Deficient RNA immunity cause higher risk of COVID-19 infection in elderly people and diabetic patients
In a new study, Chen-Yu Zhang's group from Nanjing University presents a rather striking finding that four circulating miRNAs, which are high in healthy people and much lower in older people and diabetic patients, could effectively inhibit SARS-CoV-2 replication by directly targeting the S protein. Serum exosomes containing these miRNAs from young people could strongly inhibit SARS-CoV-2 replication, but this inhibitory effect was attenuated in older people and diabetic patients. Long-term exercise could increase the level of these miRNAs in the blood, offering better protection against the SARS-CoV-2 virus.
Clinical data all over the world have showed that old people and patients with comorbidities have higher risks of developing severe complications and higher mortality rate from COVID-19. However, there is a lack of scientific explanation for this phenomenon. Understanding the potential mechanism underlying the increased susceptibility of elder people and patients with comorbidities to COVID-19 infection is critical for investigating the pathogenesis and estimating the expected global disease burden.
Through high-throughput sequencing and bioinformatics analysis, the group identified four miRNAs (miR-7-5p, miR-24-3p, miR-145-5p and miR-223-3p) that are markedly decreased in the elderly and diabetic groups. They further demonstrated that these miRNAs, either in exosomes or in the free form, can directly inhibit S protein expression and SARS-CoV-2 replication. Serum exosomes from young people can effectively inhibit SARS-CoV-2 replication and S protein expression, while the inhibitory effect is markedly decreased in the elderly and diabetic patients. Moreover, three out of the four circulating miRNAs are significantly increased in the serum of healthy volunteers after 8-weeks' continuous physical exercise. Serum exosomes isolated from these volunteers also showed stronger inhibitory effects on S protein expression and SARS-CoV-2 replication.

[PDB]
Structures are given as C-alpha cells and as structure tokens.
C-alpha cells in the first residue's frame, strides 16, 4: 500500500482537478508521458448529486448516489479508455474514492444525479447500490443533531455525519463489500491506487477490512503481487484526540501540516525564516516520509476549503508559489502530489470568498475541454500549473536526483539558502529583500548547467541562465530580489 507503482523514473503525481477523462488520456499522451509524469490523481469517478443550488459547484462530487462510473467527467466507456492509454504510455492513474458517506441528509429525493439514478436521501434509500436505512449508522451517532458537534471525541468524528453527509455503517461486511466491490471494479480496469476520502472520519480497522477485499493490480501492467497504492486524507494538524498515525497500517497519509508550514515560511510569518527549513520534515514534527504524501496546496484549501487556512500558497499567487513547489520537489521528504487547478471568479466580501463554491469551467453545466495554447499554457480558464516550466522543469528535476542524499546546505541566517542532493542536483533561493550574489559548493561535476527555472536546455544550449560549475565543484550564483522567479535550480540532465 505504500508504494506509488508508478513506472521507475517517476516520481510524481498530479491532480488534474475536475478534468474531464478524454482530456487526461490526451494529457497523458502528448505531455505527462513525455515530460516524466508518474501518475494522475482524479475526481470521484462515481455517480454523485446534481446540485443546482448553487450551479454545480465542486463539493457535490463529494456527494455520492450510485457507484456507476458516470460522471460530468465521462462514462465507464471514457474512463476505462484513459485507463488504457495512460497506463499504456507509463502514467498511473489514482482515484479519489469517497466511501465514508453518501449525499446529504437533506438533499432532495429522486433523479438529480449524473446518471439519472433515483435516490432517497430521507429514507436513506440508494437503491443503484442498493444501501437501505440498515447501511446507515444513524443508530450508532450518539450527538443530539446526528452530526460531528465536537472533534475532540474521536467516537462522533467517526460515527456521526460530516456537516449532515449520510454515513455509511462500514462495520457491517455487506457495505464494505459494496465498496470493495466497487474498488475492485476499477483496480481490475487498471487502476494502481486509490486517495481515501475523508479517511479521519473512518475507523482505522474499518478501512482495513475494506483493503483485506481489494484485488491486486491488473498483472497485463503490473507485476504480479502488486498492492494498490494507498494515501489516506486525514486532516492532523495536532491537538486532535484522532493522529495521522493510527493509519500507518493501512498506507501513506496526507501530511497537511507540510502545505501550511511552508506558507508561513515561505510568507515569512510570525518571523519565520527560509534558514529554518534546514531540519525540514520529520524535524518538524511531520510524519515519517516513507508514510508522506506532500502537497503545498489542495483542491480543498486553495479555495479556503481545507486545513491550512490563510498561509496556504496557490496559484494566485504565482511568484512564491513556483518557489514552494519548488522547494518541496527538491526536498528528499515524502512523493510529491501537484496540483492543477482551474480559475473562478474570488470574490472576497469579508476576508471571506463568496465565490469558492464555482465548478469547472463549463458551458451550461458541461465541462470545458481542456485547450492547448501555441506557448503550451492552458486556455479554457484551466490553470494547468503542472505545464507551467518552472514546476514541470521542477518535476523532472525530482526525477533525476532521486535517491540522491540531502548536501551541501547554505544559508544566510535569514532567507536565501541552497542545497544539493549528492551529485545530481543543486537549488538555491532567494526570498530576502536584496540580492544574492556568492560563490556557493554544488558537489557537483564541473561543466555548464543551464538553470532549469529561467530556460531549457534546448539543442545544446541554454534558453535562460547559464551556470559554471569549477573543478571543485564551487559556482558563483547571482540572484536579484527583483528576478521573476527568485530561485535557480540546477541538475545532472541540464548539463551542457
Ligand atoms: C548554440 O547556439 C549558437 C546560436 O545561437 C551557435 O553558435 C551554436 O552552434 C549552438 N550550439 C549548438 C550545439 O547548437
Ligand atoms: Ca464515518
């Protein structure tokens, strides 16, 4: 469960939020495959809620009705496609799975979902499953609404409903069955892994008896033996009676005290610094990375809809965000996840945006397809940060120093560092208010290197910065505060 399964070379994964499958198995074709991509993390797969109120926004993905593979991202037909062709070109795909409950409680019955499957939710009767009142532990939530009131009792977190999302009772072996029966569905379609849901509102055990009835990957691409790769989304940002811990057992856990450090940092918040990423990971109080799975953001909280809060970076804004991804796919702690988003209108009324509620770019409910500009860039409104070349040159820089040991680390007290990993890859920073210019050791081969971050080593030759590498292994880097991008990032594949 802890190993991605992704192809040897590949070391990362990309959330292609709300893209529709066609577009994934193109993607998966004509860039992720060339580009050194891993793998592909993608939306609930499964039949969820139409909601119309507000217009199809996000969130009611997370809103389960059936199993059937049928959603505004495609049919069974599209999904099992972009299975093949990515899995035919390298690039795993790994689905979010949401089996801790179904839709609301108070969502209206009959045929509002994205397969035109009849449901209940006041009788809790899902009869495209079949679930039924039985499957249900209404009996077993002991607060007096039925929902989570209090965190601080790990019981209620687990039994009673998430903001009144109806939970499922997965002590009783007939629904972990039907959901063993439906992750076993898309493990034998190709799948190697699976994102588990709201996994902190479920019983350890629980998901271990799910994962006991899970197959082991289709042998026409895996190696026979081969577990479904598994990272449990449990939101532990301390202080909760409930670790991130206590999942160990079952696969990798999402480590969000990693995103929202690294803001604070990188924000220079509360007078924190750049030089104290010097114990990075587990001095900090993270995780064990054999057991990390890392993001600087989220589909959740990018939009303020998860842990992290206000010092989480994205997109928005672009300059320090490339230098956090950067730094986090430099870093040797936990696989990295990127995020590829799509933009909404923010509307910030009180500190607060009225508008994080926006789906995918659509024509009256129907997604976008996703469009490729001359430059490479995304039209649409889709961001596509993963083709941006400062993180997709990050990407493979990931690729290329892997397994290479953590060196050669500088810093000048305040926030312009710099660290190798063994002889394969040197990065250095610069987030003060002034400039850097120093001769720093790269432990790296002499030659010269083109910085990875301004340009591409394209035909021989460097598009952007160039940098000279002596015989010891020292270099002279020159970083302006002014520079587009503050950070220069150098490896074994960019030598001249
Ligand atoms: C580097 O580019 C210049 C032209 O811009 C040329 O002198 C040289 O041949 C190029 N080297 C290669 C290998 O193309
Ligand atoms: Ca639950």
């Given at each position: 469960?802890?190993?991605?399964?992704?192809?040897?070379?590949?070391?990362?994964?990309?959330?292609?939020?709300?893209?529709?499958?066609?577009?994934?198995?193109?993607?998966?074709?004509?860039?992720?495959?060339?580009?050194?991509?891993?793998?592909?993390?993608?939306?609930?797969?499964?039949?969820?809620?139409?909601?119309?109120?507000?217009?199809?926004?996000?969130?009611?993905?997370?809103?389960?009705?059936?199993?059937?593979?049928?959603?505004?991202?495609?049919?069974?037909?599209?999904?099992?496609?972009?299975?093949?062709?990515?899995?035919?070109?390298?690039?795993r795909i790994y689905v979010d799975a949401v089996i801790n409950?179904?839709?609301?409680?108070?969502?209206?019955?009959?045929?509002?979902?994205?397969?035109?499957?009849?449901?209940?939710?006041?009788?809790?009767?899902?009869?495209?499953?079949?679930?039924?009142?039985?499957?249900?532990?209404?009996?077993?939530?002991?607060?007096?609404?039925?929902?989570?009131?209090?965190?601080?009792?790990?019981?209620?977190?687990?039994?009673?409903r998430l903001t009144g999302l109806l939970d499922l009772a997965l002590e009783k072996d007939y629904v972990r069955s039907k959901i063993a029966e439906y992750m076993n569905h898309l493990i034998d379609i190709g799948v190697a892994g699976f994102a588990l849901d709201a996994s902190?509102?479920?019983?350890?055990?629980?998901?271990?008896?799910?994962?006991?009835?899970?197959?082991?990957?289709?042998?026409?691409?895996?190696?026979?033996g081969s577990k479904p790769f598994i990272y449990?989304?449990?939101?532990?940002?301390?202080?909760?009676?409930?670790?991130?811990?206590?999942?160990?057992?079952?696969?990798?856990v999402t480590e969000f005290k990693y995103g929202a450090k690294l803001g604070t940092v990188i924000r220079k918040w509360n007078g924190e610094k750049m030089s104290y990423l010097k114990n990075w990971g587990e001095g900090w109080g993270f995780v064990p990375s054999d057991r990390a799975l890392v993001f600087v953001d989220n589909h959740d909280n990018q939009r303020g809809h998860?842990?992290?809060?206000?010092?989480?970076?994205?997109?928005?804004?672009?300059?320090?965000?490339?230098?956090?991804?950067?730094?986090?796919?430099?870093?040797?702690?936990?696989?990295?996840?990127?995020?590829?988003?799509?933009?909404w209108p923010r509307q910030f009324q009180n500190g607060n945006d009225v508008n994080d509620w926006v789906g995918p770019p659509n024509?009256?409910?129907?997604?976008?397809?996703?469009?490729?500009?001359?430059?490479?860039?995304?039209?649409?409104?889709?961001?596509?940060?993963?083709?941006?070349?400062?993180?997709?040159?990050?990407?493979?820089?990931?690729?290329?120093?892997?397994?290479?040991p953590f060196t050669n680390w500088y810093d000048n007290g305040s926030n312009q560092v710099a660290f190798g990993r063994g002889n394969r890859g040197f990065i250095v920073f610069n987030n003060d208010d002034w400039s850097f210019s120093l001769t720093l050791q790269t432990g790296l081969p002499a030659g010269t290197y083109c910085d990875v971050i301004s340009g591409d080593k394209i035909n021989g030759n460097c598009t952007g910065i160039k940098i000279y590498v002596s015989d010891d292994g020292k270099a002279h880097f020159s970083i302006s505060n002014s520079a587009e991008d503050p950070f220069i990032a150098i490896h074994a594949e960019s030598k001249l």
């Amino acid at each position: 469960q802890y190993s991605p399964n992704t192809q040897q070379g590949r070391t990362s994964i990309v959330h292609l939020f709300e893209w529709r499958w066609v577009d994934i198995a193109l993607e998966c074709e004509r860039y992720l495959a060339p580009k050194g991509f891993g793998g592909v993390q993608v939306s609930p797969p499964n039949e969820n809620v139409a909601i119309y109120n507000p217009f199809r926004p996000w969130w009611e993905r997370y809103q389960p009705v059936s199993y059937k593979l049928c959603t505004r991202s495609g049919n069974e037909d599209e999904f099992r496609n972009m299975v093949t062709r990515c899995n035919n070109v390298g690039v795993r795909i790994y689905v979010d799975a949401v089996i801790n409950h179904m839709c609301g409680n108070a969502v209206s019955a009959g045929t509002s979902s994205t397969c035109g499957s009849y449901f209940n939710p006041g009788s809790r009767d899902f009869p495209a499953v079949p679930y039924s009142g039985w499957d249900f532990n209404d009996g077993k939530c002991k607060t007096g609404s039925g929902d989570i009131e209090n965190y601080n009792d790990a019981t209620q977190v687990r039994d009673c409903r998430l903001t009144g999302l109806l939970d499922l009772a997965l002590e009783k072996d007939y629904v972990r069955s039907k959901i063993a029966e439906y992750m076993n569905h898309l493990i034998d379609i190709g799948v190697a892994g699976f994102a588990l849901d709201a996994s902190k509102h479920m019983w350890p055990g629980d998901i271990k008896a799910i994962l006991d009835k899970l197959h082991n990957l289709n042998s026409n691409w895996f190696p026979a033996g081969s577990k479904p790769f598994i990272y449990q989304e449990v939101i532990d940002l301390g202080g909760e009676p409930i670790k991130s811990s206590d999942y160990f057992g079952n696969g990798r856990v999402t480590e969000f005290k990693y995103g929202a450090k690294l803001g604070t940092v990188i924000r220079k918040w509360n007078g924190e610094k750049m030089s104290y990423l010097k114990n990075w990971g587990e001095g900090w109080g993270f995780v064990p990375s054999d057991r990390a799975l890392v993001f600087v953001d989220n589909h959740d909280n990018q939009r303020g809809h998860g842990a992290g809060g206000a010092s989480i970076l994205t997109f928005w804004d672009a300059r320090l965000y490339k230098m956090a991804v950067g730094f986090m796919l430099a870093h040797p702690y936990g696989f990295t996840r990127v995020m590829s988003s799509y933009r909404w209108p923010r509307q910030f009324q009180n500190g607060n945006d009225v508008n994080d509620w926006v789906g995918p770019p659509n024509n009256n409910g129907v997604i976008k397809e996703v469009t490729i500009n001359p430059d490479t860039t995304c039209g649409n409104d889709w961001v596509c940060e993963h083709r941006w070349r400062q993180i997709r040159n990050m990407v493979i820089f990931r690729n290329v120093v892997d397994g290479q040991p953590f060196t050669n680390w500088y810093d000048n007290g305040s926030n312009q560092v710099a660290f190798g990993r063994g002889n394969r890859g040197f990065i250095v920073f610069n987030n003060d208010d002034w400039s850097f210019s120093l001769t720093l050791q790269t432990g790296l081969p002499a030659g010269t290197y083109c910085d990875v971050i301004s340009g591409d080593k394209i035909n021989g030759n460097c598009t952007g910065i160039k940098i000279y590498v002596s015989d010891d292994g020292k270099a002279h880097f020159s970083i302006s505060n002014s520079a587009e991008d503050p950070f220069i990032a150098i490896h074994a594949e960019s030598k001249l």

This study demonstrates for the first time that our own endogenous miRNAs could directly inhibit SARS-CoV-2 virus. This is not surprising since the group's previous studies have already showed that approximately 89% viruses that infect humans could be targeted by human miRNAs (Liu et al., ExRNA, 2019). This new study provides strong and direct evidence supporting the theory that miRNAs, particularly extracellular miRNAs, could function as "RNA defense" and protect cells against foreign nucleic acids. Classic immunology tells us that the mammalian immune system is protein-based and immune protection is provided by antibodies, cytokines, interferons and so on. Studies from the Zhang group indicates that miRNAs are an important component of the endogenous RNA-based immune system to fight virus infection, as exemplified here by SARS-CoV-2. This new understanding of miRNA function may provide new perspectives for prevention, surveillance and treatment of COVID-19.
The study also provides an interesting observation that continuous physical exercise could boost miRNA immunity against SARS-CoV-2, which gives you another reason to hit the gym after work. Working out every day would therefore help all of us, old or young, to stay out of COVID-19's way.
Details of the study were published in Signal Transduction and Targeted Therapy.